In the dark of night on June 14, 2012, vandals spray painted symbols of hate in a largely Jewish neighborhood of Brooklyn. Given the history of the swastika and the suffering of the Jewish people at the hands of the Nazis, emotions in the Jewish community were naturally running high.
In 24-hour New York news station NY1's June 15 report about the swastikas, cooler heads should have prevailed.
However, NY1 reporter Natasha Ghoneim decided to fan the flames of an already volatile situation by quoting hateful speech in her report "Police Investigate Swastikas Spray Painted In Borough Park."
"I would hang them," Ghoneim quoted resident Menachem Ben-Simcha as saying. "If it was up to me, I would hang them."
Looking at the multitude of articles written on the vandalism and the dozens of community members who availed themselves to the press to make statements, what does a death threat really add to the story?
Other sources discuss grandmothers weeping at the site of the horrible graffiti and the fear and horror these acts have spawned. Besides creating a sensation, Ben-Simcha's call for vigilante justice in the NY1 report only adds, in iMediaEthics view, the potential --however remote--of inciting revenge and violence.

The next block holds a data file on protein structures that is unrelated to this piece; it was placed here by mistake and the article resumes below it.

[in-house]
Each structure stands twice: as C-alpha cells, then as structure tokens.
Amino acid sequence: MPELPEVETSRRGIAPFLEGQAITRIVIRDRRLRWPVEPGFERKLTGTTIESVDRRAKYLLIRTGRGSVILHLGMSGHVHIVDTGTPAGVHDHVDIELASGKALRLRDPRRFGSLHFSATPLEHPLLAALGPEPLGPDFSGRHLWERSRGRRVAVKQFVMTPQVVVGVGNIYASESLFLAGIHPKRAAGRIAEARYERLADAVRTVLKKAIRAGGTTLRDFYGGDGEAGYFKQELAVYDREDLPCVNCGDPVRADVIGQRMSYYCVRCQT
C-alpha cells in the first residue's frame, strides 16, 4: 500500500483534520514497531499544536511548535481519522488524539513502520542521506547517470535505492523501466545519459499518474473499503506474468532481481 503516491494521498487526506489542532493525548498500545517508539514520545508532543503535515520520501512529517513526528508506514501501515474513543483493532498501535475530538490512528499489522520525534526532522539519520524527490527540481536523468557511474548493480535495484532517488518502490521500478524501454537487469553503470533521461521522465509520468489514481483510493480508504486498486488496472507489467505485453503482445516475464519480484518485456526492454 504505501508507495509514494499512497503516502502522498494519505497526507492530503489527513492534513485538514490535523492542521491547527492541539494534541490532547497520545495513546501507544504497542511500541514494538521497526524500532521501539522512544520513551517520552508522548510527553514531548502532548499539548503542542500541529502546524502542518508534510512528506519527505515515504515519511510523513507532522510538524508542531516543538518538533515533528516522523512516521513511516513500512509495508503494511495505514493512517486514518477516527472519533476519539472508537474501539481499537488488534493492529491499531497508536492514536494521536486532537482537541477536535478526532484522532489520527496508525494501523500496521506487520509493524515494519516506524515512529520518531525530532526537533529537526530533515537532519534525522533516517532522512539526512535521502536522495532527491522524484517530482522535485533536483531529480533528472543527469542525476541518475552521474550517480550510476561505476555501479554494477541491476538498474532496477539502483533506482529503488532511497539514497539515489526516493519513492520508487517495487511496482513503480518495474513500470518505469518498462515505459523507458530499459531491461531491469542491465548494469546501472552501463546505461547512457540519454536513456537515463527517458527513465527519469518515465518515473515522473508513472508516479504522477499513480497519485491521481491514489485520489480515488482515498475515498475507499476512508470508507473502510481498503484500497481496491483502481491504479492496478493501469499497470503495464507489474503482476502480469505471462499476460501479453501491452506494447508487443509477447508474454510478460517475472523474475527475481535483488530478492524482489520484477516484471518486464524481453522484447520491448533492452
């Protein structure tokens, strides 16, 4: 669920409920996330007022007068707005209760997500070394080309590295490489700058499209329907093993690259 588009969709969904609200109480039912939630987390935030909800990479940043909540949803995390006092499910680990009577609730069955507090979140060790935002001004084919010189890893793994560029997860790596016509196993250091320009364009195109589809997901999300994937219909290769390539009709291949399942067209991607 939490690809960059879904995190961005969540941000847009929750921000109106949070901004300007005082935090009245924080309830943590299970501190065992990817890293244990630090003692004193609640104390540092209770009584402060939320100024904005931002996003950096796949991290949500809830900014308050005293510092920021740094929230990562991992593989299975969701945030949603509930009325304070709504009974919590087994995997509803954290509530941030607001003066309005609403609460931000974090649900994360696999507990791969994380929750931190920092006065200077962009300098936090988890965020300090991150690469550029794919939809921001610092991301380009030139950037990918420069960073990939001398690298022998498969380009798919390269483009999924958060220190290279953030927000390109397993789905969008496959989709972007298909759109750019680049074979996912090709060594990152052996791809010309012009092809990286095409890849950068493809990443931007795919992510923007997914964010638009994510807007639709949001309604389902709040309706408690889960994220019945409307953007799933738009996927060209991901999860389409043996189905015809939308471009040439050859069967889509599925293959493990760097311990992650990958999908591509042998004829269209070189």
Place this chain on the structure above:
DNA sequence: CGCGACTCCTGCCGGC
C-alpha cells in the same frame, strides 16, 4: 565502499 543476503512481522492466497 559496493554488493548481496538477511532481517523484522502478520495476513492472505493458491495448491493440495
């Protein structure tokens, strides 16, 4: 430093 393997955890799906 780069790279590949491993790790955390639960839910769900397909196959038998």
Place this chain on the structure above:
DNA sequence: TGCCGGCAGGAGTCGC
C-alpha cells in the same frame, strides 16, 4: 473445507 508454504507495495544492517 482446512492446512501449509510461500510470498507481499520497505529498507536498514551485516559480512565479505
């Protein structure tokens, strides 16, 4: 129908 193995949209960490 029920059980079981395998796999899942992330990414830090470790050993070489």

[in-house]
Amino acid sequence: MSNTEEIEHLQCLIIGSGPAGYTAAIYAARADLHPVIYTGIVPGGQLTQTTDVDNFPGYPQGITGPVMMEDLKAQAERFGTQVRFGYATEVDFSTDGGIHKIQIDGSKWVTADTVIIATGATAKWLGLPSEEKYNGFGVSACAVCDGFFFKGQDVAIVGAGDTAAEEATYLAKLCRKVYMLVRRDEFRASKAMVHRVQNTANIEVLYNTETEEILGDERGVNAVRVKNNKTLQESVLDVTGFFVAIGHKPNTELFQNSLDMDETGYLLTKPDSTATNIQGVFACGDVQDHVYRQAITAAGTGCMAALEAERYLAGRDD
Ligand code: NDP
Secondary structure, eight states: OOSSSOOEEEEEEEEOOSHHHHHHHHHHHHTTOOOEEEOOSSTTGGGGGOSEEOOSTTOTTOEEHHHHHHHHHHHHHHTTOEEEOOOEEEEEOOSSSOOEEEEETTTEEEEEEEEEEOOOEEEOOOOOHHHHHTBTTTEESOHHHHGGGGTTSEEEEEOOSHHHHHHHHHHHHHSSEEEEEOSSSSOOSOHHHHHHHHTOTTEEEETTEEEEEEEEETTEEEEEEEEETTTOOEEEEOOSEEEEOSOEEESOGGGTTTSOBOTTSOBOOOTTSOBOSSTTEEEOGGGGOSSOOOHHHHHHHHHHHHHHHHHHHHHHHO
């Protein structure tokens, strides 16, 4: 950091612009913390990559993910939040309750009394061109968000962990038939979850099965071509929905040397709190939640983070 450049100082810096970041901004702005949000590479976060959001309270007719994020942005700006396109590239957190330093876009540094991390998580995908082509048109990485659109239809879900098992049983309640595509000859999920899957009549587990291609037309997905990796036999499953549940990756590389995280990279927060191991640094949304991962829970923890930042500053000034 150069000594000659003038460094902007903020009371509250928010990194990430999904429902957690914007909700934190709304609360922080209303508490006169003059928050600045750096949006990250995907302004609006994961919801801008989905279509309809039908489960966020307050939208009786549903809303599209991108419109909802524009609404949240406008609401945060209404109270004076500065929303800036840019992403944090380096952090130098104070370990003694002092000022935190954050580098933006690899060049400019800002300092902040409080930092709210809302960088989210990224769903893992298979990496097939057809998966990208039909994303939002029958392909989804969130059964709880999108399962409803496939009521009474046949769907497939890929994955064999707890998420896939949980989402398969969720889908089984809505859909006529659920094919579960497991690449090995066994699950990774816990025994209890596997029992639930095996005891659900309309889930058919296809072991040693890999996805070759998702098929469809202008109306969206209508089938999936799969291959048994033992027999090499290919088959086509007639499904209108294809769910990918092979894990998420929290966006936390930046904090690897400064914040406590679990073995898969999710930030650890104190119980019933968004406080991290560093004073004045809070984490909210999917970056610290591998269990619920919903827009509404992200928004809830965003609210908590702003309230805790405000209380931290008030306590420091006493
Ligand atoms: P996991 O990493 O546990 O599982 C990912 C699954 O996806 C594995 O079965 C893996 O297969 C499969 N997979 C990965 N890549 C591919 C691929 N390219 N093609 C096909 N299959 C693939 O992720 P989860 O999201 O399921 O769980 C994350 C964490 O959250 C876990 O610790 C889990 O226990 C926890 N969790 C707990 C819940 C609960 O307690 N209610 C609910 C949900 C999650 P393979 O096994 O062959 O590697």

Reporters and their news outlets should act responsibly and not publish hate speech of any kind without solid editorial justification, especially when there is a real risk of creating more tension or even violence in a community.
We have reached out to Ms. Ghoneim and NY1's media representative for comment and are still waiting for a response. iMediaEthics also called and emailed Councilman David Greenfield for comment about the sensational statement. The NY 1 story also reported that the councilman offered a $1,000 reward to capture the culprits.